The European Circular Bioeconomy Policy Initiative manifesto, signed by European universities, research centers and companies, has been released. Its five-point strategy is designed to support the future of the European economy. Soil regeneration and bioeconomy development are the main themes
by Matteo Cavallito
European green transition cannot be achieved without implementing circular bioeconomy which essential to guarantee a better use of resources. Unfortunately this approach has not been fully implemented yet. That’ s the key message emerged during the launch event of the European Circular Bioeconomy Policy Initiative (ECBPI). “Time is running out, we need to regenerate our soil but we are still far from the goals” says David Newman, managing director of ECBPI. Biogenic material, he argues, is an essential resource for soil health, but we are able to intercept only 2% of its total amount. In other words, it seems we to need to accelerate this process more than ever.
Act now for bioeconomy
Recycling is a crucial issue. But circular bioeconomy as a whole is still a more sophisticated matter according to the ECBPI Manifesto, which has already been endorsed by 26 entities including universities, research centers and firms. Here are its five key points:
- We have to stop thinking about unlimited growth.
- We should produce materials and products with a vision of the systems into which they will be managed throughout their life cycle and aim to implement those systems through policies.
- We have to stop the degradation and pollution of soil, air and water.
- We have to create systems and economy that are regenerative and transformative triggering a cultural change by making more with less.
- We have to change consumption models, moving to circular use of materials, because – according to Newman – “If we really want to change our development model the simple substitution of fossil-based products with renewable materials is not enough.”
European policy makers at work
With the implementation of the Soil Strategy “Healthy Soil for Healthy Life” to the “Farm to Fork Strategy” and the new Regulation on the integration of land use, land use change and forestry (LULUCF), the 2021-22 period could be a turning point. “We have the opportunity to achieve the circular bioeconomy goals,” says Roberto Ferrigno, board member of the Institute for European Environmental Policy. Acting on the energy side in order to cut CO2 emissions into the atmosphere is essential but cannot be enough. If we want to reach climate targets, we must focus on soil carbon sequestration. “That’s why we have to concentrate on soil and stop deforestation” Mr Ferrigno says. “We also have to review the EU Directive on pesticides“, replacing the existing chemical based ones with natural products.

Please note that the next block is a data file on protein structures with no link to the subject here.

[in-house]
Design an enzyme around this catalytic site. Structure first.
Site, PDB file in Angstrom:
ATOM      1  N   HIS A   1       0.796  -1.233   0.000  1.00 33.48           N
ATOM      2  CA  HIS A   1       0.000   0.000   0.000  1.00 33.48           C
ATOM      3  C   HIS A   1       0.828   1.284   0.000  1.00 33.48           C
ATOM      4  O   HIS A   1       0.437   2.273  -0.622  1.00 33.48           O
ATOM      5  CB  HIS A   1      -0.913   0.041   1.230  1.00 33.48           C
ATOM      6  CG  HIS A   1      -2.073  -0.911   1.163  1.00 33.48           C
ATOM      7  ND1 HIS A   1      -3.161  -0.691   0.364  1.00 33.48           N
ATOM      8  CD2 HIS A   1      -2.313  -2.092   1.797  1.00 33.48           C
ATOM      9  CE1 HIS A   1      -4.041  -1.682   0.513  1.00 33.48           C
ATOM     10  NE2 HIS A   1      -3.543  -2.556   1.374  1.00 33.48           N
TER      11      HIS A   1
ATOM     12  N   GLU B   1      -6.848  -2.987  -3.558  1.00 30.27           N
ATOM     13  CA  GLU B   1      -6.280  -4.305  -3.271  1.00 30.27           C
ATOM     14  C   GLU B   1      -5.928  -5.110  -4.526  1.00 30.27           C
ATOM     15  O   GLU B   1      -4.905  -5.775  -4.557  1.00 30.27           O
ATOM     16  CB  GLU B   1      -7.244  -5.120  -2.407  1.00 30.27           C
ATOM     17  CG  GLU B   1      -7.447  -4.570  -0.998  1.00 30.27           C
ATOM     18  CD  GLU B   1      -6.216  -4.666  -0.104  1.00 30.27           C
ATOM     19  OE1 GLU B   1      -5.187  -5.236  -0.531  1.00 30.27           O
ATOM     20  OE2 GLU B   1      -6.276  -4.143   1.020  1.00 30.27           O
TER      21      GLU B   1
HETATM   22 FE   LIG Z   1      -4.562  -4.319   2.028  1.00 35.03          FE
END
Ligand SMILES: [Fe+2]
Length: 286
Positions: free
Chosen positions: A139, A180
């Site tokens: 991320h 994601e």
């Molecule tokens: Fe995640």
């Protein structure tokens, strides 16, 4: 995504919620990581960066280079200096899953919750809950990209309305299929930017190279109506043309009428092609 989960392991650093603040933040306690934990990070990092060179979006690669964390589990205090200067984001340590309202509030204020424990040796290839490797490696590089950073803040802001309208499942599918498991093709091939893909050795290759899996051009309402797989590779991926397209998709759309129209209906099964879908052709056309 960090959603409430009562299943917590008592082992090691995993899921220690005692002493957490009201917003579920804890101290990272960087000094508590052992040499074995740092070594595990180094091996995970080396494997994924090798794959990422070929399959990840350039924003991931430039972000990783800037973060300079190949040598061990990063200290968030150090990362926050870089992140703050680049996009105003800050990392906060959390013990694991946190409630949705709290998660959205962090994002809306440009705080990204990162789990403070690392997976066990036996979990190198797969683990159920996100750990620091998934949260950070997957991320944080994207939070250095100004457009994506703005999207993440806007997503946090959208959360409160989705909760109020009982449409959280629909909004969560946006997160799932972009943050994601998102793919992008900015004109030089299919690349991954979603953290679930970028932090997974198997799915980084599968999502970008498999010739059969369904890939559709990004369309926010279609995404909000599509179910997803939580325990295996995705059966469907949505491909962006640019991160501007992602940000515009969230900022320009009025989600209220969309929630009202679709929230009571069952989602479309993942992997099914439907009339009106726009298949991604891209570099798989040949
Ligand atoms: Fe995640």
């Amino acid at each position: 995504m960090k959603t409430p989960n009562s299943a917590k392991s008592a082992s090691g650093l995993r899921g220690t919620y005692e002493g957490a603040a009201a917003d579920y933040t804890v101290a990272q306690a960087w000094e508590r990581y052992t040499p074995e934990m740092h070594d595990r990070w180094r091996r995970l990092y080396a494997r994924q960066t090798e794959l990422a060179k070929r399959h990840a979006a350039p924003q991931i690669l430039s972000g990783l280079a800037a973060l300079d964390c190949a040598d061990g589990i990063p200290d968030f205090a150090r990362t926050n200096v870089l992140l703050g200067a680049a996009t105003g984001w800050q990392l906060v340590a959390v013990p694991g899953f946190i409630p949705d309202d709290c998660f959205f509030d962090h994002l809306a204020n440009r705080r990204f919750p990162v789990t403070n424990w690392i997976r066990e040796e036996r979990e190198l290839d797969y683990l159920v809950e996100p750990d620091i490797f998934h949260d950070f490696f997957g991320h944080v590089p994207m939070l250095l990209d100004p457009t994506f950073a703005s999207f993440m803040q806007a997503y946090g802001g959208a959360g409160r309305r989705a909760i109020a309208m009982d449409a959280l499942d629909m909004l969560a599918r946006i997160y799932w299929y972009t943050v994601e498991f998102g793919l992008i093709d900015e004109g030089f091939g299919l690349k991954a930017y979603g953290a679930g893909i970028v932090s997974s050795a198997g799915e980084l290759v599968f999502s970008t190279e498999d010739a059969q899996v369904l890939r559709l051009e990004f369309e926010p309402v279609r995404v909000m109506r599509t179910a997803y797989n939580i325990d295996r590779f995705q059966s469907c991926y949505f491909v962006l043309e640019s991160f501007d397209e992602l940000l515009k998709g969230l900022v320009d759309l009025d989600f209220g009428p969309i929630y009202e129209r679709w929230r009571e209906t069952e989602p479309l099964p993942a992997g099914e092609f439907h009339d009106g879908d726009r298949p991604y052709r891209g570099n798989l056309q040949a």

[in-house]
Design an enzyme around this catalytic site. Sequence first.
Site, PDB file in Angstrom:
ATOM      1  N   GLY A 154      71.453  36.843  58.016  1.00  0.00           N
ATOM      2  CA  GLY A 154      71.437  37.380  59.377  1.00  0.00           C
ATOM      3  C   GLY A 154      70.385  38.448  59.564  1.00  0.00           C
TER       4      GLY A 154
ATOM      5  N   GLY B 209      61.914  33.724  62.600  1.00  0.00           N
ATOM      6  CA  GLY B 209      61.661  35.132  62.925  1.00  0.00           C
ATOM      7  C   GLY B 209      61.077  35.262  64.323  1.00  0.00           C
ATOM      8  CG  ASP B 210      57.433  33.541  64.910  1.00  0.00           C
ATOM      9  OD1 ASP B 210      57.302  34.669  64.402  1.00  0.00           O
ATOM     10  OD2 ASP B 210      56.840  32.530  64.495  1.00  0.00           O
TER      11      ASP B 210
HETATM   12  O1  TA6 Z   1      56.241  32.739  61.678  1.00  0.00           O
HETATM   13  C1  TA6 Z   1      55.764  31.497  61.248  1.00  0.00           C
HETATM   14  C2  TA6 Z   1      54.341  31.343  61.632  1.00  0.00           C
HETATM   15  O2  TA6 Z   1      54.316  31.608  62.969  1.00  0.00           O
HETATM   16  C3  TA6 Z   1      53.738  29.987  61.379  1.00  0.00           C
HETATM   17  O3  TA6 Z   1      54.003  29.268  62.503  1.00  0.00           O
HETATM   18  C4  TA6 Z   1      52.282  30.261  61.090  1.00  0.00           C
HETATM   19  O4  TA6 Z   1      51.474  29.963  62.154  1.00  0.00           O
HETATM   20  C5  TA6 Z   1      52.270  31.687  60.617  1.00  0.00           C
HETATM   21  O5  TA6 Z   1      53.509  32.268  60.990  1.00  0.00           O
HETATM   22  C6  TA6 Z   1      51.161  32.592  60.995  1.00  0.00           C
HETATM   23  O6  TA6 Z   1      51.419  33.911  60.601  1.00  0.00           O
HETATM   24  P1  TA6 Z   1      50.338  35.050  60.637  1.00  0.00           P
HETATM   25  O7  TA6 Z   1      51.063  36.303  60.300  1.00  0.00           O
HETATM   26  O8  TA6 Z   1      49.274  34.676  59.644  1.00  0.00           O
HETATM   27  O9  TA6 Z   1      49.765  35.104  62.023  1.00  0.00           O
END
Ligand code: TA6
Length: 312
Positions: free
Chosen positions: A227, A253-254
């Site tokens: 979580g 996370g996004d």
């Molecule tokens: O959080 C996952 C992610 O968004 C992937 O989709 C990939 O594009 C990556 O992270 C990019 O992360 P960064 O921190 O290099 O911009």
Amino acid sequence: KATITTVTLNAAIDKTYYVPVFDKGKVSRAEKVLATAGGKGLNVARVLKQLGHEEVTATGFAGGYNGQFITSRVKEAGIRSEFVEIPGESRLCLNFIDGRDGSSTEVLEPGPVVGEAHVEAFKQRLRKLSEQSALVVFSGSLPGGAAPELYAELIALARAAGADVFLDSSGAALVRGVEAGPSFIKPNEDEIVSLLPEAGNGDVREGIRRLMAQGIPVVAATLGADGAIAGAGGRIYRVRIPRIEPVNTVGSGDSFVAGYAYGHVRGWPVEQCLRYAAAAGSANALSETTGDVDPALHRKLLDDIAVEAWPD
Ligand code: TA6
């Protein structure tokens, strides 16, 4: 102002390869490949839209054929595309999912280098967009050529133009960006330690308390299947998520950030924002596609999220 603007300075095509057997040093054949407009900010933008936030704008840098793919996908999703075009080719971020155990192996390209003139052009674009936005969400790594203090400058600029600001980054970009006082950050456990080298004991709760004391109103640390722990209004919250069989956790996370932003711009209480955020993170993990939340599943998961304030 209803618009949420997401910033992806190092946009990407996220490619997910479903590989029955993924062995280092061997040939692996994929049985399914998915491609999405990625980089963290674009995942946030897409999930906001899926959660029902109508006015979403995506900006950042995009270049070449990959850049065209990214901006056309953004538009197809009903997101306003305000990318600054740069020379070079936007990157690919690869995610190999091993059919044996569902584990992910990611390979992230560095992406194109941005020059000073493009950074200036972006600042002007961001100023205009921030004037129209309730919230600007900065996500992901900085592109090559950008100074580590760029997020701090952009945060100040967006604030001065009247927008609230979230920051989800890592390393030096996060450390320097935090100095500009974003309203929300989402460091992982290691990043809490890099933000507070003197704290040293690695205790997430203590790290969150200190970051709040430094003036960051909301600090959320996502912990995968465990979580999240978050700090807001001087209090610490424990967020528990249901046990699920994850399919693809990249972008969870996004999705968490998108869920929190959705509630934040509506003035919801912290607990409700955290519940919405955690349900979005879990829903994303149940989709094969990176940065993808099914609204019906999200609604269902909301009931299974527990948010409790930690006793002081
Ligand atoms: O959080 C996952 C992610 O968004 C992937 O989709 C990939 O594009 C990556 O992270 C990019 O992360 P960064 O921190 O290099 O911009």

The essential link between soil and bio-waste
At the center of these initiatives is the reuse of bio-waste. It’s an issue ” that needs to be developed at local level”, says Florian Amlinger, director of the Austrian firm Compost – Consulting & Development, pointing out the role of community participation and the importance of each territory’s peculiarities. But the issue is also a sign of a new paradigm.
“For years we looked at bio-waste in terms of a disposal problem, today we see it as a resource,” suggests Percy Foster, director of Irish consulting firm Foster Environmental. Returning bio-waste to the soil in a circular perspective in fact means contributing to its health and performance (in terms of fertility and carbon capture rates). But the process, which is the basic step for compost production, is not self-evident. First of all, “it would be necessary to set specific recycling targets (as a percentage of total waste, ed.) such as those that already exist for plastic waste,” says Foster. In addition, we need to avoid contamination , a widespread phenomenon which often undermines the efforts to valorise waste materials.
Circular economy works…
Soil role is therefore essential. “If we look at bioeconomy as a building, then the soil can be seen as its foundation,” explains Alessio Boldrin, associate professor at Technical University of Denmark. In this sense, the market may become a benchmark. “Every time we develop new technologies and solutions, we have to adopt a business plan,” says Sergio Ponsá Salas, director of the BETA Tech Center at the Universitat de Vic – Universitat Central de Catalunya. In other words, “we have to ask ourselves if these technologies can have a place in the market and if they are compliant with the existing policies and regulations”.
…and helps the economic system
And what about economic risk? Is it possible that restrictions imposed by the green transition will have a negative impact on economic growth? In short term, countries that are highly dependent on fossil fuels could suffer the effects of this change and that’ s why the European Union has already allocated €150 billion through the Just Transition Mechanism that will be in place until 2027. In any case, opportunities are clearly evident. “37% of EU Recovery plan resources are climate-related ,” says Roberta De Santis, professor of Economic Policy at LUISS in Rome. While bioeconomy, according to 2018 European Commission estimates, could generate one million new jobs by 2030.